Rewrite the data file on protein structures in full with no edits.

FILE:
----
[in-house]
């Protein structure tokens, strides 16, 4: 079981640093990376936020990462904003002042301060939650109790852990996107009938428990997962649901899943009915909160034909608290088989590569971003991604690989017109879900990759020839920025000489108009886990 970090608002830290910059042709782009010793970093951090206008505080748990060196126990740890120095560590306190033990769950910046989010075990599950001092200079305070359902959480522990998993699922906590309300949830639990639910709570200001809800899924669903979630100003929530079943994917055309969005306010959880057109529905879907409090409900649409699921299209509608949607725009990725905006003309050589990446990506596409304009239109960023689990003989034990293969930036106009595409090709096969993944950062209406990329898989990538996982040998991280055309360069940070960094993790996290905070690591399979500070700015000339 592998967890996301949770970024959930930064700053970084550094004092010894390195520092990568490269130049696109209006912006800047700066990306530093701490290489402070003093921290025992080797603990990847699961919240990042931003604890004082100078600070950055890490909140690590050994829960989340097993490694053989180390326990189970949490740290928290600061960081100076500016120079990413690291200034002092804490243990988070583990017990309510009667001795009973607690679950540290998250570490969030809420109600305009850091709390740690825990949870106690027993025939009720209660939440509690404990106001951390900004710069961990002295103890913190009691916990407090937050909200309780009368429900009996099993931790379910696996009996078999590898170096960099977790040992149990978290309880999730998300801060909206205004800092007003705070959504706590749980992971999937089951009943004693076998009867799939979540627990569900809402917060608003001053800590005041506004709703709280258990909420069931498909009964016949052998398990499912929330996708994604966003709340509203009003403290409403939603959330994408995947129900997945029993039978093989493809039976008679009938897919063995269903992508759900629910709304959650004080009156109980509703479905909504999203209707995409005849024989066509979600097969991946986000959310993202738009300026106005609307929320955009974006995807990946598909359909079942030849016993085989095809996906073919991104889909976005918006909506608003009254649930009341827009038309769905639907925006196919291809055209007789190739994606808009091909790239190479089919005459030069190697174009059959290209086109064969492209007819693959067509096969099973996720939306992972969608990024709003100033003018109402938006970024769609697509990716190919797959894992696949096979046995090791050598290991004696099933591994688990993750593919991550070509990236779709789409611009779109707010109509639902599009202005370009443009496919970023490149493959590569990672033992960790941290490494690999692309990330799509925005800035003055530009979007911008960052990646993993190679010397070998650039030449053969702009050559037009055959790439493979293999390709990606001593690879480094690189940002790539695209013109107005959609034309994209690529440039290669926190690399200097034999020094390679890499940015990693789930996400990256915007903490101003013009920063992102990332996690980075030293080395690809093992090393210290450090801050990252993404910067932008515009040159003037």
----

[in-house]
């Protein structure tokens, strides 16, 4: 079981640093990376936020990462904003002042301060939650109790852990996107009938428990997962649901899943009915909160034909608290088989590569971003991604690989017109879900990759020839920025000489108009886990 970090608002830290910059042709782009010793970093951090206008505080748990060196126990740890120095560590306190033990769950910046989010075990599950001092200079305070359902959480522990998993699922906590309300949830639990639910709570200001809800899924669903979630100003929530079943994917055309969005306010959880057109529905879907409090409900649409699921299209509608949607725009990725905006003309050589990446990506596409304009239109960023689990003989034990293969930036106009595409090709096969993944950062209406990329898989990538996982040998991280055309360069940070960094993790996290905070690591399979500070700015000339 592998967890996301949770970024959930930064700053970084550094004092010894390195520092990568490269130049696109209006912006800047700066990306530093701490290489402070003093921290025992080797603990990847699961919240990042931003604890004082100078600070950055890490909140690590050994829960989340097993490694053989180390326990189970949490740290928290600061960081100076500016120079990413690291200034002092804490243990988070583990017990309510009667001795009973607690679950540290998250570490969030809420109600305009850091709390740690825990949870106690027993025939009720209660939440509690404990106001951390900004710069961990002295103890913190009691916990407090937050909200309780009368429900009996099993931790379910696996009996078999590898170096960099977790040992149990978290309880999730998300801060909206205004800092007003705070959504706590749980992971999937089951009943004693076998009867799939979540627990569900809402917060608003001053800590005041506004709703709280258990909420069931498909009964016949052998398990499912929330996708994604966003709340509203009003403290409403939603959330994408995947129900997945029993039978093989493809039976008679009938897919063995269903992508759900629910709304959650004080009156109980509703479905909504999203209707995409005849024989066509979600097969991946986000959310993202738009300026106005609307929320955009974006995807990946598909359909079942030849016993085989095809996906073919991104889909976005918006909506608003009254649930009341827009038309769905639907925006196919291809055209007789190739994606808009091909790239190479089919005459030069190697174009059959290209086109064969492209007819693959067509096969099973996720939306992972969608990024709003100033003018109402938006970024769609697509990716190919797959894992696949096979046995090791050598290991004696099933591994688990993750593919991550070509990236779709789409611009779109707010109509639902599009202005370009443009496919970023490149493959590569990672033992960790941290490494690999692309990330799509925005800035003055530009979007911008960052990646993993190679010397070998650039030449053969702009050559037009055959790439493979293999390709990606001593690879480094690189940002790539695209013109107005959609034309994209690529440039290669926190690399200097034999020094390679890499940015990693789930996400990256915007903490101003013009920063992102990332996690980075030293080395690809093992090393210290450090801050990252993404910067932008515009040159003037």